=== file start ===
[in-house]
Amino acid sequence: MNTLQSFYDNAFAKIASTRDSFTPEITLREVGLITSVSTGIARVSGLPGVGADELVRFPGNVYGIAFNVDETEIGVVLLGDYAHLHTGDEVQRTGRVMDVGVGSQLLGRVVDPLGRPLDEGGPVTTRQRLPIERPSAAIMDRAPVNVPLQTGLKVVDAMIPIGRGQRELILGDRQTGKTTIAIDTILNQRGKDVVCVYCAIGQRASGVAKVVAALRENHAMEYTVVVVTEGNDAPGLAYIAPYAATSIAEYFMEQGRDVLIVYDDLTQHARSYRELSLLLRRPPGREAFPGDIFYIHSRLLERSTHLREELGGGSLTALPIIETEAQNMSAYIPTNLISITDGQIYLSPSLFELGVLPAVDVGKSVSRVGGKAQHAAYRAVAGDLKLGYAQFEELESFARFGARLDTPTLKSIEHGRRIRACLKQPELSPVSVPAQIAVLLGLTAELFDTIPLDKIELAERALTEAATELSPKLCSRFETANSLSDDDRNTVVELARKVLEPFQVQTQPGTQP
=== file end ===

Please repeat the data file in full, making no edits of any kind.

[in-house]
Amino acid sequence: MNTLQSFYDNAFAKIASTRDSFTPEITLREVGLITSVSTGIARVSGLPGVGADELVRFPGNVYGIAFNVDETEIGVVLLGDYAHLHTGDEVQRTGRVMDVGVGSQLLGRVVDPLGRPLDEGGPVTTRQRLPIERPSAAIMDRAPVNVPLQTGLKVVDAMIPIGRGQRELILGDRQTGKTTIAIDTILNQRGKDVVCVYCAIGQRASGVAKVVAALRENHAMEYTVVVVTEGNDAPGLAYIAPYAATSIAEYFMEQGRDVLIVYDDLTQHARSYRELSLLLRRPPGREAFPGDIFYIHSRLLERSTHLREELGGGSLTALPIIETEAQNMSAYIPTNLISITDGQIYLSPSLFELGVLPAVDVGKSVSRVGGKAQHAAYRAVAGDLKLGYAQFEELESFARFGARLDTPTLKSIEHGRRIRACLKQPELSPVSVPAQIAVLLGLTAELFDTIPLDKIELAERALTEAATELSPKLCSRFETANSLSDDDRNTVVELARKVLEPFQVQTQPGTQP